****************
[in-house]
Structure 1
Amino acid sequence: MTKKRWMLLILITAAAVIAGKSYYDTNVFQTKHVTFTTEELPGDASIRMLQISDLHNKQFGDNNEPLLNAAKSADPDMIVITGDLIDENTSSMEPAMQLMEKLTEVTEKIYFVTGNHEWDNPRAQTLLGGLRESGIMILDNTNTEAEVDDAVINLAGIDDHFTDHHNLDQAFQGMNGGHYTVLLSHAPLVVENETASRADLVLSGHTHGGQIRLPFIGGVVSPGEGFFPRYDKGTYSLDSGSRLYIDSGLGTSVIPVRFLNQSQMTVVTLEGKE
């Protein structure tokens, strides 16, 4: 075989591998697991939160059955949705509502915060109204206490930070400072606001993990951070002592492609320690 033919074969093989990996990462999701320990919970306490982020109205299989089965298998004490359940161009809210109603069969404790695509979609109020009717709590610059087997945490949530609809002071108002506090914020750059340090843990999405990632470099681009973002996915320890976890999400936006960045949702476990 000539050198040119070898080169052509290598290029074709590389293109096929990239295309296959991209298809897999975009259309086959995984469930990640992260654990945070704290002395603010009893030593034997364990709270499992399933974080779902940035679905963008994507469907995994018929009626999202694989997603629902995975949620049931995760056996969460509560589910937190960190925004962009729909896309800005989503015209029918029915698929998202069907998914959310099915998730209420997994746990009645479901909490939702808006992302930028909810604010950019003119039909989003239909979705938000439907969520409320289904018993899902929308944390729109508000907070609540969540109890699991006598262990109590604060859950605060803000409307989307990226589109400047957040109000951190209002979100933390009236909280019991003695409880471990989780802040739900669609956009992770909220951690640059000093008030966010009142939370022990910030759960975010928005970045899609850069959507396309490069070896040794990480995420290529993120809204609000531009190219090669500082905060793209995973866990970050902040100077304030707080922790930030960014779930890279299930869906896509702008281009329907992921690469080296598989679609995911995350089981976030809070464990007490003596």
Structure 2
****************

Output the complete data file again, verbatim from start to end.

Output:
[in-house]
Structure 1
Amino acid sequence: MTKKRWMLLILITAAAVIAGKSYYDTNVFQTKHVTFTTEELPGDASIRMLQISDLHNKQFGDNNEPLLNAAKSADPDMIVITGDLIDENTSSMEPAMQLMEKLTEVTEKIYFVTGNHEWDNPRAQTLLGGLRESGIMILDNTNTEAEVDDAVINLAGIDDHFTDHHNLDQAFQGMNGGHYTVLLSHAPLVVENETASRADLVLSGHTHGGQIRLPFIGGVVSPGEGFFPRYDKGTYSLDSGSRLYIDSGLGTSVIPVRFLNQSQMTVVTLEGKE
């Protein structure tokens, strides 16, 4: 075989591998697991939160059955949705509502915060109204206490930070400072606001993990951070002592492609320690 033919074969093989990996990462999701320990919970306490982020109205299989089965298998004490359940161009809210109603069969404790695509979609109020009717709590610059087997945490949530609809002071108002506090914020750059340090843990999405990632470099681009973002996915320890976890999400936006960045949702476990 000539050198040119070898080169052509290598290029074709590389293109096929990239295309296959991209298809897999975009259309086959995984469930990640992260654990945070704290002395603010009893030593034997364990709270499992399933974080779902940035679905963008994507469907995994018929009626999202694989997603629902995975949620049931995760056996969460509560589910937190960190925004962009729909896309800005989503015209029918029915698929998202069907998914959310099915998730209420997994746990009645479901909490939702808006992302930028909810604010950019003119039909989003239909979705938000439907969520409320289904018993899902929308944390729109508000907070609540969540109890699991006598262990109590604060859950605060803000409307989307990226589109400047957040109000951190209002979100933390009236909280019991003695409880471990989780802040739900669609956009992770909220951690640059000093008030966010009142939370022990910030759960975010928005970045899609850069959507396309490069070896040794990480995420290529993120809204609000531009190219090669500082905060793209995973866990970050902040100077304030707080922790930030960014779930890279299930869906896509702008281009329907992921690469080296598989679609995911995350089981976030809070464990007490003596």
Structure 2